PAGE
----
A rolling green house was needed as the big day finally arrived! The last frost date had passed at our summer cottage in Maine. The heirloom tomatoes that I started from seed in March had grown big and strong. Now the time had come for the plants to leave the comfort of their heated and well lit potting shed at our New Hampshire home and make the two hour trip north and be planted in the garden in Maine.
I had planned for the tomato plants to go in the back of our touring wagon along with herbs and vegetable seedlings. No problem with the seedlings but the tomatoes were too tall. They ended up buckled in the backseat where there was more headroom. (Remember when purchasing a car to always check the headroom…it is very important to the comfort of the passengers in back).
So off we went to Maine, looking like a rolling green house. The car was packed with fifteen tomato plants that were over 3 feet tall, a dozen pepper plants, a half dozen each of rainbow chard, green beans, red leaf lettuce, basil, oregano, cilantro, two rosemary, and one lemongrass plant. As cars went whizzing by on the Maine Turnpike, we did get a few double takes.
Now it was time to get most of them in the ground. Four of the tomato plants were going to have to go into large buckets as I couldn’t bear to leave any of them behind (I had already given eleven tomato plants to friends).
I like to add additional nutrients when I plant tomatoes. They are heavy feeders so a little fertilizer made especially for tomatoes will give them a good start.
Holes were dug a foot deep and wider than the six inch pots the tomato plants were in.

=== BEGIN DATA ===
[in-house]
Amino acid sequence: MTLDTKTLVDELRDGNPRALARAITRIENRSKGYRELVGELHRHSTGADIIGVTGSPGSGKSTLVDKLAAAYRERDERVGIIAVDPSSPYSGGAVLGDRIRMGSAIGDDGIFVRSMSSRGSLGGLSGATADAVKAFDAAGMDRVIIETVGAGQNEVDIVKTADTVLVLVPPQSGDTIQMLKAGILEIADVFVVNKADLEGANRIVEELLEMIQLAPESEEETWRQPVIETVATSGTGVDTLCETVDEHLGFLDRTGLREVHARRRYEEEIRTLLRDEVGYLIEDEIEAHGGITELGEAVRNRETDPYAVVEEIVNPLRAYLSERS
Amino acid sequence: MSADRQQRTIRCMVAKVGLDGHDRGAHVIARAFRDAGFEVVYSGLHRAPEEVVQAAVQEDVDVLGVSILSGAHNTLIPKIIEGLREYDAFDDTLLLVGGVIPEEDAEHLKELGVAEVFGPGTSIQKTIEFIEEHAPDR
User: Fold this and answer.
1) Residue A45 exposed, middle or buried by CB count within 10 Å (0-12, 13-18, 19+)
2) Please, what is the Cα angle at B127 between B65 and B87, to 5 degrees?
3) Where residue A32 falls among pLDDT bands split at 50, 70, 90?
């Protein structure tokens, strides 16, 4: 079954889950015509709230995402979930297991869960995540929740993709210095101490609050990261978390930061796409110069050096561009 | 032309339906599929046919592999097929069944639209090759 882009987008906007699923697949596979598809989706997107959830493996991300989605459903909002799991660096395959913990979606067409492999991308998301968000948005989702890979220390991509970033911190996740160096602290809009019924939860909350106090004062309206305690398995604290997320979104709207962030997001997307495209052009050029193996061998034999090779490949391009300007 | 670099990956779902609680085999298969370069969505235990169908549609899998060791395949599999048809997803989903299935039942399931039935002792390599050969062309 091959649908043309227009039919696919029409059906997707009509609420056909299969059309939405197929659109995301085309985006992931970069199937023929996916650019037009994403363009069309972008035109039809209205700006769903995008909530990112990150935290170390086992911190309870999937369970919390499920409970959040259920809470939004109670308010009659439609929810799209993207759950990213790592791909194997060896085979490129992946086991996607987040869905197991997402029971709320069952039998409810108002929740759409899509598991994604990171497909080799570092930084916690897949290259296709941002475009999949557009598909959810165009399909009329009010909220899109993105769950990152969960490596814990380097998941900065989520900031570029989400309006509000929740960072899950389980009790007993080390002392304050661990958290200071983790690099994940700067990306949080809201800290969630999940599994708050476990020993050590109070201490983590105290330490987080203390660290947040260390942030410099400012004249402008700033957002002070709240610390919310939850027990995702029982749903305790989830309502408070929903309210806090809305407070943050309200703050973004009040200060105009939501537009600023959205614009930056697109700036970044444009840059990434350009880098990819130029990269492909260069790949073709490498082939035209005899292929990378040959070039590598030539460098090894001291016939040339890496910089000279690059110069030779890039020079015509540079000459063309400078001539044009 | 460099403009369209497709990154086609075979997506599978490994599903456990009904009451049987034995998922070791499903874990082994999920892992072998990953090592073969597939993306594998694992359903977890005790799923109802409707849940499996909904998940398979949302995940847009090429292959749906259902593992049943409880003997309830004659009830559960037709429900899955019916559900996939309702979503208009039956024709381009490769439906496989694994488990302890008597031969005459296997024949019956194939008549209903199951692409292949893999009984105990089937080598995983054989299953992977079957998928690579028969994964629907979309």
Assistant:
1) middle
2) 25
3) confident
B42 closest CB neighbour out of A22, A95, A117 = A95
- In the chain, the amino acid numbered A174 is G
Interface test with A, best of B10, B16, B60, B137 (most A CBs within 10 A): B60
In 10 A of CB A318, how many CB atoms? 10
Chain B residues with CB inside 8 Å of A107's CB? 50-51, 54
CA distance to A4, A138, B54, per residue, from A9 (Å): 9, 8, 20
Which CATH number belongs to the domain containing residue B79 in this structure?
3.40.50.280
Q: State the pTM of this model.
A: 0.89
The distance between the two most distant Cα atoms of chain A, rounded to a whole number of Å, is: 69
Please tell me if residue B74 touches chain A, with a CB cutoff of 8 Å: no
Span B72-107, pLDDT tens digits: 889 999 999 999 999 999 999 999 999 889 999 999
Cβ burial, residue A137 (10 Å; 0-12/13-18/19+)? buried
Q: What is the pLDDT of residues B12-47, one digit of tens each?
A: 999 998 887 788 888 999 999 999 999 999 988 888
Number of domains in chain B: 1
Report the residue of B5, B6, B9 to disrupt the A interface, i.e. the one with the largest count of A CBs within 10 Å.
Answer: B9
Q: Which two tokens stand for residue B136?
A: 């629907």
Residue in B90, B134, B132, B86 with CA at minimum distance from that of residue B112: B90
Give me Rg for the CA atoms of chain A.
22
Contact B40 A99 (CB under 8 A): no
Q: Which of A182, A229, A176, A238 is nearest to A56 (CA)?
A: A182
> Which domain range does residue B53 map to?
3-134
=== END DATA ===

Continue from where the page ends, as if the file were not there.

After removing the tomatoes from their pots and planting them, tomato cages were put around them. A large metal fence post was placed through the cages and hammered deep into the ground. We get a lot of wind that comes off the distant mountains and down our lake…the posts will help secure the plants when they get to six feet tall or more.
The tomato plants going into the large tubs were planted in a similar way. Drain holes were drilled in the bottom of the tubs, filled with a layer of small stone for good drainage, potting soil and fertilizer added. The tomatoes were planted and cages put around them. Stakes were placed through the tub handles and hammered into the ground so that they won’t blow over in high winds.
The raised box was planted with the last two tomato plants. They have to share the space with the peppers and some of the herbs. All the plants were then well watered.
It was eight weeks from the time the seeds were planted until they were transplanted for the last time. The plants were babied in the potting shed and thrived. Now they will face the real world of living in the outdoors and all that nature has in store for them. As I said in the first post about my heirloom tomatoes…now the battle begins.